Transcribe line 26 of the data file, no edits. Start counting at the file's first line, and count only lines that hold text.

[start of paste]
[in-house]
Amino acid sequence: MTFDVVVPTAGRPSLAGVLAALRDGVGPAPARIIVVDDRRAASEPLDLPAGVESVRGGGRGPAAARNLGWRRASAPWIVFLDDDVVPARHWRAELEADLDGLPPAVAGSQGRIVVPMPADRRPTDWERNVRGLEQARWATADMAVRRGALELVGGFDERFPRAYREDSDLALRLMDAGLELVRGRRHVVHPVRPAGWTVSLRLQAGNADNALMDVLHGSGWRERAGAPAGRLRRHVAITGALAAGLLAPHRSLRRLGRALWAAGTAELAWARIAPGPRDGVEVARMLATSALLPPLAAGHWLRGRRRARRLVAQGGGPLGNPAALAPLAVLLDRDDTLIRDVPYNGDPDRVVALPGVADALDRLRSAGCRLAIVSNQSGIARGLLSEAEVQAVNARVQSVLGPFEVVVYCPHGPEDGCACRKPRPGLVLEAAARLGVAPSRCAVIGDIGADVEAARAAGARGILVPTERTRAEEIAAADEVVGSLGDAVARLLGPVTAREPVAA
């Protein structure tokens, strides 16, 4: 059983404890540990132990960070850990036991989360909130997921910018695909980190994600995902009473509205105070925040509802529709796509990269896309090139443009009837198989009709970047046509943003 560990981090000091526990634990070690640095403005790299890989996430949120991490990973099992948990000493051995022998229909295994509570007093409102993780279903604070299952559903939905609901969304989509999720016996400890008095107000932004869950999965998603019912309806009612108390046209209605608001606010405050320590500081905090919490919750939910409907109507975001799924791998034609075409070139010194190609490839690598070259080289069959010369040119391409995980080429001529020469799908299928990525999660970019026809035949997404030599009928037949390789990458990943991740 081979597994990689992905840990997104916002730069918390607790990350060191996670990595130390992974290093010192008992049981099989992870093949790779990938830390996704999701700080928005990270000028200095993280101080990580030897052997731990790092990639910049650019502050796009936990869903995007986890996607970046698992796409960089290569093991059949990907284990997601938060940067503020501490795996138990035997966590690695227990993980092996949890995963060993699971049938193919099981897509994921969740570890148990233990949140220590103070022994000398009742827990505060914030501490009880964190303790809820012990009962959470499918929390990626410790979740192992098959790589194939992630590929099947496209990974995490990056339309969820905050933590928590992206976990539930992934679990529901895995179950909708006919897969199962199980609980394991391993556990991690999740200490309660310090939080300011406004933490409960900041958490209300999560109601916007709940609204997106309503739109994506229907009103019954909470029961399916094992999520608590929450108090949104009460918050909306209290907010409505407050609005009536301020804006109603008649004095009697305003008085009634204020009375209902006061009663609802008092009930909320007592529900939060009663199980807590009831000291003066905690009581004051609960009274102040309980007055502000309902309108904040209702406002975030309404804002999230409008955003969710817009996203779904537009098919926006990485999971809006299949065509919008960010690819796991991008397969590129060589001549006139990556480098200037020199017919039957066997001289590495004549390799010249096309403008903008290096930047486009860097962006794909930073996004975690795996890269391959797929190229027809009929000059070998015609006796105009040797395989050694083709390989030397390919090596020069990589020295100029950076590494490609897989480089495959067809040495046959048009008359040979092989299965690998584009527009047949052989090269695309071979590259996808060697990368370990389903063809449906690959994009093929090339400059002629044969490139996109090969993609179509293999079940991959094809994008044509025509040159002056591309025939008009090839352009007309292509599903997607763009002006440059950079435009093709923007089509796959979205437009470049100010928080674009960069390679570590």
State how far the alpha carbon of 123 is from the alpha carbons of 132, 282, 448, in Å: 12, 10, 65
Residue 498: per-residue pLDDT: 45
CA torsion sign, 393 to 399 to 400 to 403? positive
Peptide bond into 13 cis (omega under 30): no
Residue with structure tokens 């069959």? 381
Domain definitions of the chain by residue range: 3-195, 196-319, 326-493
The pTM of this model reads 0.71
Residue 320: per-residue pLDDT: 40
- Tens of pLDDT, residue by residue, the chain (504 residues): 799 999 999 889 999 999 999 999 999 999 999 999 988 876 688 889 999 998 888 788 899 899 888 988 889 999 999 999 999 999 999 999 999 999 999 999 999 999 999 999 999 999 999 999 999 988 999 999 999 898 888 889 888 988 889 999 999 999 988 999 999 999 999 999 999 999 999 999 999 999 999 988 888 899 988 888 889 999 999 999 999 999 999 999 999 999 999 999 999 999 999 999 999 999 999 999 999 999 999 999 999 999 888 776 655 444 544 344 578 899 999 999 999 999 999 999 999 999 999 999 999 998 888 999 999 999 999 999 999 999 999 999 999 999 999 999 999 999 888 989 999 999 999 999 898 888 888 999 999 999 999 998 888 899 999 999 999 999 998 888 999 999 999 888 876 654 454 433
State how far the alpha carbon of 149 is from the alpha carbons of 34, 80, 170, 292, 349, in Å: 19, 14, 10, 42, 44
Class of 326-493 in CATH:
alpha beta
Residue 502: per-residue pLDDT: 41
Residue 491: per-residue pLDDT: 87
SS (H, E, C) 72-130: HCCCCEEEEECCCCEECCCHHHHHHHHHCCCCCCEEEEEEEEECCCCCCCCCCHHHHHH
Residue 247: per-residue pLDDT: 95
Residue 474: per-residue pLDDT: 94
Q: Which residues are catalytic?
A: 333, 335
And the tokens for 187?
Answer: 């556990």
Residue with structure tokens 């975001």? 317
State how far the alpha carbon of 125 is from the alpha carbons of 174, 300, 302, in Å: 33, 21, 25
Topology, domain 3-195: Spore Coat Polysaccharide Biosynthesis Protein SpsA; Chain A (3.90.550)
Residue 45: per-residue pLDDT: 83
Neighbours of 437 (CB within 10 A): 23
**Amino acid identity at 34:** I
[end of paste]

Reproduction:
State how far the alpha carbon of 125 is from the alpha carbons of 174, 300, 302, in Å: 33, 21, 25